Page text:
• Marketing & Sales 101: I should never feel like I'm in the scene from Pretty Women where I'm not good enough or important enough for your attention or to be acknowledged. Brands shouldn't be snobs! My money and loyalty should be at least as important as the expert or influencer being paid to engage. Based on online engagement and in-store interaction some (not all) of the people working for certain brands are snobs. They believe and convey the message; it is a privilege for me to have the opportunity to spend my hard earned money on their brand. But they are wrong. Just because I don't say it doesn't mean I don't notice and think Big mistake. Big. Huge. I have to go shopping now ... and buy your competitors products.

    I can't be the only one who has felt this way, and as a result doesn't buy from a brand.

    There must be me x 1000's, which adds up to substantial loss of potential free advertising, profit and sales. You know nothing about me, and never took the time to find out. It's a privilege for a brand to have even a minute of my precious time and money. Just as it's a privilege for me to have even one minute of my readers precious time. In the end brands are responsible for who they hire and the messages they sent. Sometimes what looks good on paper does not translate into real life experience. You may not be able to put into words what it is about a person or a brand that you like, but you know it when you see it. Loyalty, integrity, and honesty are always in style, and there are plenty of brands out there with these qualities that I can deal with.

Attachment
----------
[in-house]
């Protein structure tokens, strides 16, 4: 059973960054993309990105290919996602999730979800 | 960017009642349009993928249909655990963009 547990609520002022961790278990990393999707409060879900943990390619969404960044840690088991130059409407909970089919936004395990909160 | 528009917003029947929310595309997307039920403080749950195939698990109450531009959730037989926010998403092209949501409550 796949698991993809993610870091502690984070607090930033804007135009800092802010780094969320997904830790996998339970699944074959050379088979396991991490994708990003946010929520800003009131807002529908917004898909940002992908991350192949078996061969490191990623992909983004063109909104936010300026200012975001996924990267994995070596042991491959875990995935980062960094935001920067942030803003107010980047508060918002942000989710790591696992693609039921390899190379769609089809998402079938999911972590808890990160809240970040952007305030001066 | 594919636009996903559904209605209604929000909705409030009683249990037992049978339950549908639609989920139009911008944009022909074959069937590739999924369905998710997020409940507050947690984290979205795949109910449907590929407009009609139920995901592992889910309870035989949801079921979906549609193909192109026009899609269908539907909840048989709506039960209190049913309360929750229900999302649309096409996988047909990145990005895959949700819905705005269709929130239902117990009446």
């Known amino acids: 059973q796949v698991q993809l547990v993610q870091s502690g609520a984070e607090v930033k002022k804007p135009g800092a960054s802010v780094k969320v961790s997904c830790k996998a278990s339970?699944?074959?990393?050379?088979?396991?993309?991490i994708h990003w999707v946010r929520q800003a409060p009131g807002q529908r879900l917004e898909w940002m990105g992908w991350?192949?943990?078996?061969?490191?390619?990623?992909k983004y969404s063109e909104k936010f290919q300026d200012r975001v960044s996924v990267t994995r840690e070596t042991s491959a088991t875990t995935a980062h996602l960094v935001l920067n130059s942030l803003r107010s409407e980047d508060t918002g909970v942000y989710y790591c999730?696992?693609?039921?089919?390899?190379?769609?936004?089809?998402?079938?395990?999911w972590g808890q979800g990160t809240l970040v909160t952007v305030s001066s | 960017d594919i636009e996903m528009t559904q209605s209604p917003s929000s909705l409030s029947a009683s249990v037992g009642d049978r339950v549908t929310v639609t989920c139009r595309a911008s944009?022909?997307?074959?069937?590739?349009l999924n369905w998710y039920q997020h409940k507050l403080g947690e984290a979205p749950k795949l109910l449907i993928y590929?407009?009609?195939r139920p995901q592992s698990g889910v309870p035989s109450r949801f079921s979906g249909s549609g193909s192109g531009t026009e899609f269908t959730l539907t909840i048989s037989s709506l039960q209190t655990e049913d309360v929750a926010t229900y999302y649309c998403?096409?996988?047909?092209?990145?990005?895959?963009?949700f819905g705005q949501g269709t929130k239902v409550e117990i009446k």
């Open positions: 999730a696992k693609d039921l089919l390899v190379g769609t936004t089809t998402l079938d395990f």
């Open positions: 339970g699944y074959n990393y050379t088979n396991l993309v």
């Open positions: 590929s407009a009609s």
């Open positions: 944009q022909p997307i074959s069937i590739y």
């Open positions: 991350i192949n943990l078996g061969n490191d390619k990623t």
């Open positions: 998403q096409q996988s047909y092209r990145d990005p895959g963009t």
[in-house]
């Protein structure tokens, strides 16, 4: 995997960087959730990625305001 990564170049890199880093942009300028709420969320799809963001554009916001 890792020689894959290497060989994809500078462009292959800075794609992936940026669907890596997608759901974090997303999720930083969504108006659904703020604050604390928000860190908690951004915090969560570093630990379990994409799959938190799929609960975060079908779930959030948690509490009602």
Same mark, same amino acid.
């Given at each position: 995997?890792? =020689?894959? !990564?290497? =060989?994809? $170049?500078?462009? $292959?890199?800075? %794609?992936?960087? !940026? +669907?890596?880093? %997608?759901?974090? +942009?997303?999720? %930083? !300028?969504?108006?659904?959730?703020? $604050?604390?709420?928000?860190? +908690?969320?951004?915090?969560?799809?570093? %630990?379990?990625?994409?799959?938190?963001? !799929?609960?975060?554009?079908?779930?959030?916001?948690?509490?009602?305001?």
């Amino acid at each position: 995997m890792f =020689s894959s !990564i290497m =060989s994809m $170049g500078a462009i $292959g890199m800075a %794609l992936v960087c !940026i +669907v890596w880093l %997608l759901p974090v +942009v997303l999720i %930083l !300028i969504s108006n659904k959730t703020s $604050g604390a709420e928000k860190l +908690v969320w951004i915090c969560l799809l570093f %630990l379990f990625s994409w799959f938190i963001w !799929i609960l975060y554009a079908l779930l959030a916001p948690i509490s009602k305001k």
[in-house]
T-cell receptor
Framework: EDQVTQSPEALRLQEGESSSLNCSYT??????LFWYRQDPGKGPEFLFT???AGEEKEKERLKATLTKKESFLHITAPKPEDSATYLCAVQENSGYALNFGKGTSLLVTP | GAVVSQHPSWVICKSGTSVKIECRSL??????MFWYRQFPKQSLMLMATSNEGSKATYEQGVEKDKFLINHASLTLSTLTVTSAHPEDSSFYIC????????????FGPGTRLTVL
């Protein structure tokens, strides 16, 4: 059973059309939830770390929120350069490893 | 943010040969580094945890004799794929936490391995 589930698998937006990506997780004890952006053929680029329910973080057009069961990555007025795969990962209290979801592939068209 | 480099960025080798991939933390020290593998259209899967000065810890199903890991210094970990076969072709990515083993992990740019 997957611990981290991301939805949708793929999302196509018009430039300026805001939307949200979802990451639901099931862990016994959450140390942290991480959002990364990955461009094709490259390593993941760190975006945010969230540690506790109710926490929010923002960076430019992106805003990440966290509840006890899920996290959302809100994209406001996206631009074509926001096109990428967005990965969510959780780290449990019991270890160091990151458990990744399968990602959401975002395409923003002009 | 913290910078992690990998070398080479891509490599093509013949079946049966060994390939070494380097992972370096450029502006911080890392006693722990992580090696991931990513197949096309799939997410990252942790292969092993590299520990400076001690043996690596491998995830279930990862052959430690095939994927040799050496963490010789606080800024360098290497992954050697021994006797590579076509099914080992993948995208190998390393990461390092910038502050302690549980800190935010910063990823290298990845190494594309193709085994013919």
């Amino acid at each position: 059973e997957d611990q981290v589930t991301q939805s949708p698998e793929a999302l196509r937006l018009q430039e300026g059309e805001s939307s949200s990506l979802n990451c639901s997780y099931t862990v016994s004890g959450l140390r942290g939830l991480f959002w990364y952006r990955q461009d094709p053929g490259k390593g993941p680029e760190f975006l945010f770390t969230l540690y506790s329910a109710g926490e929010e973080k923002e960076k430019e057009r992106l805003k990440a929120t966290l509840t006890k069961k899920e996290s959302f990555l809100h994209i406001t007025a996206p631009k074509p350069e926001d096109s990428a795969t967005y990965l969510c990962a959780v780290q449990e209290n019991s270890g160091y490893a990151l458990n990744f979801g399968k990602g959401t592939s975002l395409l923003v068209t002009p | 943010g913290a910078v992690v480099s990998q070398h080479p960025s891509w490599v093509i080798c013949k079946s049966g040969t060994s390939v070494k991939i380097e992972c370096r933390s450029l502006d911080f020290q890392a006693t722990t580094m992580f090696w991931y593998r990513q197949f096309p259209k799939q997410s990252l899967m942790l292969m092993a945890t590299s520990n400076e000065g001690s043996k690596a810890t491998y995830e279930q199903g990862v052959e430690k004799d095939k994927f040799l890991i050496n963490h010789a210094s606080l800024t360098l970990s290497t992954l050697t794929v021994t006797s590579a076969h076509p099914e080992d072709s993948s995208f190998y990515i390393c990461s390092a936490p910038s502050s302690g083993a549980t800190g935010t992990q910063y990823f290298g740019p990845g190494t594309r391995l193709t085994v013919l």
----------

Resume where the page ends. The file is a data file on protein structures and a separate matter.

What is important in a brand for you, and what is a deal breaker?

    Yep, just me Cathy thinking out loud about what I think is worth the read. 

    Note: I have not been compensated in anyway for this post. All opinions are my own, and the purpose of this post is merely to share with my readers posts and articles I find interesting.


    1. I have yet another side to this love the product hate the brand dilemma. My husband owns his own business and often does jobs for other businesses in town. I can't tell you how many of those businesses will never again get a nickel from me because of the way they treat people (like my husband) that they have contracted to do work. Of course there are also establishments I make a point of frequenting because they were fair, honest and respectful.